2016 has turned out to be a very fine vintage in Ribera del Duero. I have now tasted through a range of different samples and all reveal a good depth of impressively ripe fruit, and most show no loss of freshness. Not all 2016 Ribera del Duero are successful, but to me that is more of a question of winemaking. Some wines can seem fiercely over-extracted, some a touch too heady or overripe and others may reveal too much new oak, suppressing any real expression of the fruit. Then, on the other hand, there are estates like Dominio del Àguila who absolutely nail it; their 2016 Reserva is an outstanding example. Not only does it show impeccably ripe fruit and terrific freshness, it shows complexity and individuality. Simply put, I think I have found a new estate to follow…the 2016 is just so good that I can’t endorse it enough.
While everyone seems to generalise about the climate in Spain as if it were all identical, you cannot discuss Ribera del Duero without mentioning altitude. Ripening grapes at altitudes ranging from 750 to 800+ metres or more is no mean feat. Add to that the fact that frosts can prove a risk in both the early part of the season and at the end and the task is rendered more complicated. I remember the late John Radford, a great ambassador of Spanish wines, commenting that only between the first week of June and the last week of September could a grower in Ribera forget about the risk of frost. Altitude is a fascinating consideration across all winegrowing districts, and even more so given climate change. At the height of summer, temperatures in Ribera del Duero can reach the high 30s but drop by as much as 50% at night. To me, the great wines from Ribera del Duero have the ability to balance riper character traits associated with hotter climates with aromatics and freshness you might associate with cooler areas and that is attributable to this shift in temperatures, which allows the vine some respite. Some estates in Ribera may not have yet settled on their identity, and the potential here is only just starting to be realised. This may sound like an odd thing to say about a region whose fine winemaking origins date back to the mid nineteenth century (when Don Eloy founded Vega Sicilia), but the region was only awarded its Demoninación de Origen in 1982 and new ventures continue to pop up and change perceptions.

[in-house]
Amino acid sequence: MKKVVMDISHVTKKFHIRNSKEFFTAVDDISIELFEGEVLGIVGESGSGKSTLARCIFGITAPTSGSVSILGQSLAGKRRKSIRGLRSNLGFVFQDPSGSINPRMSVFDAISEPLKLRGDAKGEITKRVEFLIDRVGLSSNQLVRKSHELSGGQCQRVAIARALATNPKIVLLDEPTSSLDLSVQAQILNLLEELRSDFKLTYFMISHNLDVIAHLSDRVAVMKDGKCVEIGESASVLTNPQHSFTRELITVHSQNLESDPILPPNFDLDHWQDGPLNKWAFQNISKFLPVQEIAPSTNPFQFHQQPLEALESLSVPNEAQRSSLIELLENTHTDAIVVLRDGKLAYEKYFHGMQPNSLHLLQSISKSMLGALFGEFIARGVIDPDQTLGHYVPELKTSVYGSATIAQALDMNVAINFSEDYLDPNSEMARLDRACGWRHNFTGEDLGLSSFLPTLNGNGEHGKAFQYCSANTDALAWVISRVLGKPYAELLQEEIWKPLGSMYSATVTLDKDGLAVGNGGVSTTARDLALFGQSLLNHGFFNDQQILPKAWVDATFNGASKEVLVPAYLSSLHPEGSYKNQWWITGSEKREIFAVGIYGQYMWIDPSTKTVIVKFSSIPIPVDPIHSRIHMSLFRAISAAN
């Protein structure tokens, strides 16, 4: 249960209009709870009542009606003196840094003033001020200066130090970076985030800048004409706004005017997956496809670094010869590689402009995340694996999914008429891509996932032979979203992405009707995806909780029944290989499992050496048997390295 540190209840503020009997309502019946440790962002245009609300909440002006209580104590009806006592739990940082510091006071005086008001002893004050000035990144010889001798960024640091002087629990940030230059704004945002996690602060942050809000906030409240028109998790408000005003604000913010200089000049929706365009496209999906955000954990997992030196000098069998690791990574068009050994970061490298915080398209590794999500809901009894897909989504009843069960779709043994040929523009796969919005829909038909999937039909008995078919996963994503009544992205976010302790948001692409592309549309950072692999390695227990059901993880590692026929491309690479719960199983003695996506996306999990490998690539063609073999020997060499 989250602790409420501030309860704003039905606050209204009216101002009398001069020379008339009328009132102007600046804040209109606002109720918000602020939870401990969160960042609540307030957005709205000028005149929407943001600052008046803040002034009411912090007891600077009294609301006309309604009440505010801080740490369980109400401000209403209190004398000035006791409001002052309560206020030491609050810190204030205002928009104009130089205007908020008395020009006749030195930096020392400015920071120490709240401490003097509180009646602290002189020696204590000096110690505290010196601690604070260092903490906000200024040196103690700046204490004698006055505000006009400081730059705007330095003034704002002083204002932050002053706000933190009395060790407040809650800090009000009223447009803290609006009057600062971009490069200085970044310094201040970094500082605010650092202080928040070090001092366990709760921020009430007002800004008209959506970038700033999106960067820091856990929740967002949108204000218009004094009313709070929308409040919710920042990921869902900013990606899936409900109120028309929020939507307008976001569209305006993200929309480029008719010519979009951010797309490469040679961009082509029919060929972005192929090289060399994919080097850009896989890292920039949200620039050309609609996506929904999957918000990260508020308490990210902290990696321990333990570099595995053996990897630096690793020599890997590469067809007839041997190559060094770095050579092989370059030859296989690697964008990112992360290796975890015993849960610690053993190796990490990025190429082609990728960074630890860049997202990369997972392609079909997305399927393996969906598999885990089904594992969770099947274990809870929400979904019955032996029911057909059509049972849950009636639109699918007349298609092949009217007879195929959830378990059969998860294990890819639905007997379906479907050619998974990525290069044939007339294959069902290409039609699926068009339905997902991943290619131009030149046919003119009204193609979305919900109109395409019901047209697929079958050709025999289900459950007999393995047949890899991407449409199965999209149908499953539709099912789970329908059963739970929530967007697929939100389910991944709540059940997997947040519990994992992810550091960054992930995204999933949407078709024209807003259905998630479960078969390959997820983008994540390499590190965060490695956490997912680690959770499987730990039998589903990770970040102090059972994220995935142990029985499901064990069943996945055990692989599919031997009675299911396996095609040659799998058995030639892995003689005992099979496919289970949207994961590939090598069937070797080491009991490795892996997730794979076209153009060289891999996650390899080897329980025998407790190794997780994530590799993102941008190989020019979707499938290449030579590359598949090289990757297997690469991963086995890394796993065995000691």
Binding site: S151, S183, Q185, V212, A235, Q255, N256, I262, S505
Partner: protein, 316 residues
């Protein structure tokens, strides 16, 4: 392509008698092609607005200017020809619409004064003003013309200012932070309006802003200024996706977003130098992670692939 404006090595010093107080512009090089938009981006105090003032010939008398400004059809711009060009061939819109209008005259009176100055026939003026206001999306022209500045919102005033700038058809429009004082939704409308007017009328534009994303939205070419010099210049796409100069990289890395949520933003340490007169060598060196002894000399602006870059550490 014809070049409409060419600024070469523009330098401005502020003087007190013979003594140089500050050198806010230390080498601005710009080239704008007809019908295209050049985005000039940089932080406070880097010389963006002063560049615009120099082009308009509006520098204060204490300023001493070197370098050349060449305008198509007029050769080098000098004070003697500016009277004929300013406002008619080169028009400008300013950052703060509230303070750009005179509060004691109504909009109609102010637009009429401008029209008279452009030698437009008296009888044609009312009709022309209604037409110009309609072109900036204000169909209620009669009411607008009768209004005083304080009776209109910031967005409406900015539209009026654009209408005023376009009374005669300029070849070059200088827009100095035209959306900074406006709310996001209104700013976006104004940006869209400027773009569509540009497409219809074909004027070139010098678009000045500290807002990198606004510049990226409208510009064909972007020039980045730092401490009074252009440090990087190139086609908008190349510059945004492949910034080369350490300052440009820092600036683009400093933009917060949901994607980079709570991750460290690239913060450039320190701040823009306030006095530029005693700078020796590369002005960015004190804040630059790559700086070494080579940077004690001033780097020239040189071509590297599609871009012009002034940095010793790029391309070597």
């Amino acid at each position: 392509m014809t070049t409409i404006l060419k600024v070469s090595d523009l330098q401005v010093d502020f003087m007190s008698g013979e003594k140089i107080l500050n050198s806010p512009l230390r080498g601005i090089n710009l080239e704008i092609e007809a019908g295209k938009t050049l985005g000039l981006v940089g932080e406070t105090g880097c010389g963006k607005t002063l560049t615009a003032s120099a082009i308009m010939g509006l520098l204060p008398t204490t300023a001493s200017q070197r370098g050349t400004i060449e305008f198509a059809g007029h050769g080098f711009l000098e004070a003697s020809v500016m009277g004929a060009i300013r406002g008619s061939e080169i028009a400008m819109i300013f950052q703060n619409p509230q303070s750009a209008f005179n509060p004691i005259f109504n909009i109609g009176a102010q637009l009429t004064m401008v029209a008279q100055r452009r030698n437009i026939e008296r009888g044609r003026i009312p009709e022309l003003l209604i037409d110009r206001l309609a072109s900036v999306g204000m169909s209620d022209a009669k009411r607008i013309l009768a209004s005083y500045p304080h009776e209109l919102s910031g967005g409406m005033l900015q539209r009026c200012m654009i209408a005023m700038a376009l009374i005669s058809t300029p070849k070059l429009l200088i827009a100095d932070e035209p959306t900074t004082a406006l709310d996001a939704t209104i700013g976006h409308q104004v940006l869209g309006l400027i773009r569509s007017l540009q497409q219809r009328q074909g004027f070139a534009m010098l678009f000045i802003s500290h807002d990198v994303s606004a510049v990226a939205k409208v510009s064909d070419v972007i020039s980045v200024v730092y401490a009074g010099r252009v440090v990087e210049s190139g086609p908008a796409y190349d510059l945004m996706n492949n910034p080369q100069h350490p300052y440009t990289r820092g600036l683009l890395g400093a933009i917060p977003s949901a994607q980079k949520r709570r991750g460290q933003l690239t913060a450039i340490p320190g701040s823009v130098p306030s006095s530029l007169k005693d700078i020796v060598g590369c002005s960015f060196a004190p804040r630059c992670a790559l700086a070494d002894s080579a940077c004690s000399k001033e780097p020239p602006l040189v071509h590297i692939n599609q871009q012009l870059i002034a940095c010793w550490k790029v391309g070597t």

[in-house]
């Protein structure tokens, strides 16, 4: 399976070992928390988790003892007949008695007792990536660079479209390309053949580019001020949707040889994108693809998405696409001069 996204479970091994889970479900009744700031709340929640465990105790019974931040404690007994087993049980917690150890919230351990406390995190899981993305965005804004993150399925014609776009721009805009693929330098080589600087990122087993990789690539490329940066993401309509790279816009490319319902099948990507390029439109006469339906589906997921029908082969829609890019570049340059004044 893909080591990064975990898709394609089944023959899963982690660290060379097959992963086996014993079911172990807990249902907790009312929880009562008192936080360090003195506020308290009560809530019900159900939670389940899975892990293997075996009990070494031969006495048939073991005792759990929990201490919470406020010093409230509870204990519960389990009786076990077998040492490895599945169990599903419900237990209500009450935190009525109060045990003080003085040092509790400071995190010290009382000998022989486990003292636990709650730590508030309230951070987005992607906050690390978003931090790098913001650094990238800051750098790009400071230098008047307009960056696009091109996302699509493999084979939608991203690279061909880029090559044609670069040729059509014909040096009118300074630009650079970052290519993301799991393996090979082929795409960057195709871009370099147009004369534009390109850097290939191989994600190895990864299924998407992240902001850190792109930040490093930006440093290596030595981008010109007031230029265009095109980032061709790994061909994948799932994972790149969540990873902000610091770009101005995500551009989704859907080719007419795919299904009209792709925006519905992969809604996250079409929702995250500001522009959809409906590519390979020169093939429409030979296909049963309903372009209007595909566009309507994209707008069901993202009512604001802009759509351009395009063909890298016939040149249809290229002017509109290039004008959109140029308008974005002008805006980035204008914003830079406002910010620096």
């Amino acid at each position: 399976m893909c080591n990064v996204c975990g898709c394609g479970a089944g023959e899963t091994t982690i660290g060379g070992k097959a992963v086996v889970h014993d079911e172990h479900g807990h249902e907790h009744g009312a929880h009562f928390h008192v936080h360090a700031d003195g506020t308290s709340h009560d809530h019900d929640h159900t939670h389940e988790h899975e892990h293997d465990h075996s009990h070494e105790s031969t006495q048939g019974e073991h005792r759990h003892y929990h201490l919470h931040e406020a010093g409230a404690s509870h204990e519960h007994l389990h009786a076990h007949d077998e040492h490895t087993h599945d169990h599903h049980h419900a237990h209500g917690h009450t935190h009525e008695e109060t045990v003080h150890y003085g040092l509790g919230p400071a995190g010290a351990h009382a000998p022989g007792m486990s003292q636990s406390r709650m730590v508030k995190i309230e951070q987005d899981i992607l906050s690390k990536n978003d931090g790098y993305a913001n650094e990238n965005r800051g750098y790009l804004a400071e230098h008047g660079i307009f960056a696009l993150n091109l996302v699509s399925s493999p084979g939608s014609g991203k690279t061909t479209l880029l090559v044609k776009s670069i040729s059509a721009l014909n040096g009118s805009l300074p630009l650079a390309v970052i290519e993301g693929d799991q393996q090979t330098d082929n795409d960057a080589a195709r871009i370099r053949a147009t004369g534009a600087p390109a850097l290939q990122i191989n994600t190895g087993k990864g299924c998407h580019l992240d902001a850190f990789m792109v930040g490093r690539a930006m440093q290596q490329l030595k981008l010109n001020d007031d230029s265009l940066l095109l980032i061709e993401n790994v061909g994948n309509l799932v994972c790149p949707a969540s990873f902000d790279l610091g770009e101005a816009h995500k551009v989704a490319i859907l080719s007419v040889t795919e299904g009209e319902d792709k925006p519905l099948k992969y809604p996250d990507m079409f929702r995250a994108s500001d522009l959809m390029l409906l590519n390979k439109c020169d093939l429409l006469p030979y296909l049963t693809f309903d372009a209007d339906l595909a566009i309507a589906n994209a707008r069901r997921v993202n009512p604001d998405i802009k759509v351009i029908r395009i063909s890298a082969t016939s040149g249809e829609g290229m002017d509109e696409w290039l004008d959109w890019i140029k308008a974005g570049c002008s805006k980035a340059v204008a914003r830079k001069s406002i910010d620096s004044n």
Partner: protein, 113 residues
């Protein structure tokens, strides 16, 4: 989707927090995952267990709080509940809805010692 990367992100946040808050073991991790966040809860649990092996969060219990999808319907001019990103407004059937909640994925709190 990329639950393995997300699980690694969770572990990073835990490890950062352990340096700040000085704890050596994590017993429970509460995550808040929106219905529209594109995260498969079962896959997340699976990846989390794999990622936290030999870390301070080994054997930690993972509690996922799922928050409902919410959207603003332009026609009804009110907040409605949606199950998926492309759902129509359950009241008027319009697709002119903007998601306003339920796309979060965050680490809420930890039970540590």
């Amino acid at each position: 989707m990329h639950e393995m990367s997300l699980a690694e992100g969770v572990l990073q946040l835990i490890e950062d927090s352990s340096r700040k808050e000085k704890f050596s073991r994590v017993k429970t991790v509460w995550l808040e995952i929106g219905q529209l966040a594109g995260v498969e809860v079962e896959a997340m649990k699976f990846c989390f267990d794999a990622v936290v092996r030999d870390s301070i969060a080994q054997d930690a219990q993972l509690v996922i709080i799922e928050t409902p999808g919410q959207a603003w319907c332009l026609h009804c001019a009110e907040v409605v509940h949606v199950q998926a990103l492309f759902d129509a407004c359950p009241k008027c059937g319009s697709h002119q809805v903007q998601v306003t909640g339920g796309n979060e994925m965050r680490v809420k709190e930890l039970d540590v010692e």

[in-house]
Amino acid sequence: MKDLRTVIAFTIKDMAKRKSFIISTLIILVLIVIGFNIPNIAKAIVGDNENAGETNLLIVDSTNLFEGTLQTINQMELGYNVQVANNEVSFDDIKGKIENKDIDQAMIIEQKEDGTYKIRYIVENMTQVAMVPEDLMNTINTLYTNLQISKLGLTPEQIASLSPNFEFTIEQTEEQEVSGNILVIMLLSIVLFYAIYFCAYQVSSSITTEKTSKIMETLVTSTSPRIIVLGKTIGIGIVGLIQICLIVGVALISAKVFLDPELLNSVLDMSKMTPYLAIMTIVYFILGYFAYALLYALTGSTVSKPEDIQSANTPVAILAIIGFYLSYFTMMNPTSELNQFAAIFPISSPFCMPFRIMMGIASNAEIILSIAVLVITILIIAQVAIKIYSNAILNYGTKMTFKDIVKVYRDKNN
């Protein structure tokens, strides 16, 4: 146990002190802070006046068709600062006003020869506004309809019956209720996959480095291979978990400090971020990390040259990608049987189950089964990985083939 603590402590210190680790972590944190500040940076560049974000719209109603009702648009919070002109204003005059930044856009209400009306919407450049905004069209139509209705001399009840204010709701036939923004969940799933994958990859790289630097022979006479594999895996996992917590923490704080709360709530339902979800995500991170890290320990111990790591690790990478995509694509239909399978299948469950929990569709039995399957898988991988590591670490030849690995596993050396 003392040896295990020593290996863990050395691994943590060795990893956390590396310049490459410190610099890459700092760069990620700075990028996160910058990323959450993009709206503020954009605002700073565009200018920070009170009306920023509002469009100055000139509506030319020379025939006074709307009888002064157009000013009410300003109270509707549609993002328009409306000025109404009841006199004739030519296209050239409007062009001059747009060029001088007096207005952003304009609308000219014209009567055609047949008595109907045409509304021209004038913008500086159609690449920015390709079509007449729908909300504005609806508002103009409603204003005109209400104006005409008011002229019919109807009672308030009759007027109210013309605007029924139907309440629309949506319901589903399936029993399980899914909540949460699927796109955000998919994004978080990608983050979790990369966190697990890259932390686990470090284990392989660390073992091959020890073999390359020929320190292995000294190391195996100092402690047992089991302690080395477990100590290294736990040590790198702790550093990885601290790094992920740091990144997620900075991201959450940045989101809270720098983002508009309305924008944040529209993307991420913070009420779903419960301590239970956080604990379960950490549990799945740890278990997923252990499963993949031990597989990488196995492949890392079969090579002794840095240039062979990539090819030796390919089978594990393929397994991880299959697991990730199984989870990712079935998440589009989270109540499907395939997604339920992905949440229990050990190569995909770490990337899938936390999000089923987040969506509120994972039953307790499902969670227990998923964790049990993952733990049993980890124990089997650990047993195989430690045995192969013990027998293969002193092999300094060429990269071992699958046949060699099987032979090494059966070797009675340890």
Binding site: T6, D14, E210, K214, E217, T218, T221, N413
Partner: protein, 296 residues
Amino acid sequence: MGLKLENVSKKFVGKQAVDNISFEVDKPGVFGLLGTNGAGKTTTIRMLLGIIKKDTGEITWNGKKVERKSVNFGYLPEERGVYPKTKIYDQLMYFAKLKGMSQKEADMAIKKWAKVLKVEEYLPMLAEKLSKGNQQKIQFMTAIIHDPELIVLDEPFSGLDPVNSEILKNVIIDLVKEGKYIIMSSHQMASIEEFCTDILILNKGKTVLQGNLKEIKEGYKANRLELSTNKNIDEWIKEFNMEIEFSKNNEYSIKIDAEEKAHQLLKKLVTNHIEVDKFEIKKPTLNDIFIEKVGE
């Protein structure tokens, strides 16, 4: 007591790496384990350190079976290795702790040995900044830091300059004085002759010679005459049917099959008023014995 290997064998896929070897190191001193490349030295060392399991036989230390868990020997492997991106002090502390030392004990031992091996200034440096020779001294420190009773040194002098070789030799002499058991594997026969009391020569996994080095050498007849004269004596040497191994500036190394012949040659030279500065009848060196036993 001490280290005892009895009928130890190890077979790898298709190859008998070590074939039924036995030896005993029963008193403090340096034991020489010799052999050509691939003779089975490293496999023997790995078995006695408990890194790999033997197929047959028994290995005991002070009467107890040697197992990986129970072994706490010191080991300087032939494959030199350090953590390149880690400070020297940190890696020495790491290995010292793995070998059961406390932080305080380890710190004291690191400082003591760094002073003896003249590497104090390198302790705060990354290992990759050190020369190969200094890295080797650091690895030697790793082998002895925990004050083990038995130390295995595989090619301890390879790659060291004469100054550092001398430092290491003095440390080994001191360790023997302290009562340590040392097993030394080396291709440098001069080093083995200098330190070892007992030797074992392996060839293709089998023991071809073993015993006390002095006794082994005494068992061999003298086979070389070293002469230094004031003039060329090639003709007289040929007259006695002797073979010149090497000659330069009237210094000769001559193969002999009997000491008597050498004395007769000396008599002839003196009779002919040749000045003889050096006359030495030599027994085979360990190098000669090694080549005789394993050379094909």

Dominio del Àguila was set up in 2010 by partners Jorge Monzón and Isabel Rodero in the small village of La Aguilera, which translates as ‘Eagle’s Nest’, alluding to its positioning perched on top of a steep hill. Jorge comes from a long line of vignerons and has an extensive and impressive CV. After studying oenology in Bordeaux and Burgundy, he spent more than two years working at the famous Domaine de la Romanée-Conti in the Côte de Nuits, before moving back to Spain to work for a year at Vega Sicilia. He spent nine years as technical director of Bodegas Arzuaga-Navarro, where he identified some very old vineyards and, recognising the quality and potential, bought up some sites to start making his own wines. Dominio del Àguila comprises 30 hectares in total, with all vineyards certified organic – Jorge and Isabel are also experimenting with biodynamic practices. The vineyards are old, some over 100 years in age and many are pre-phylloxera. It is this combination of meticulous and attentive farming practices, high altitude sites and appreciation of old vine fruit that sets this estate firmly in the upper echelons of Ribera del Duero producers.
The fruit for the Àguila Reserva comes from some of the estate’s oldest vines planted at around 880 metres. Grapes are hand-harvested and fermented in whole bunches in concrete tanks at cool temperatures, taking 7-8 months to complete fermentation. The wine is then aged in French oak barrels for up to 3 years before bottling. The result is a powerful yet refined wine, not lacking in richness, but with aromatic complexity and incredible poise.
I would like to see this example placed in a blind line-up of the great and the good of Ribera del Duero...I have a sneaky suspicion it would turn some heads when its identity was revealed.
Please see below for my full tasting note as well as a glowing endorsement from Luis Gutiérrez on robertparker.com.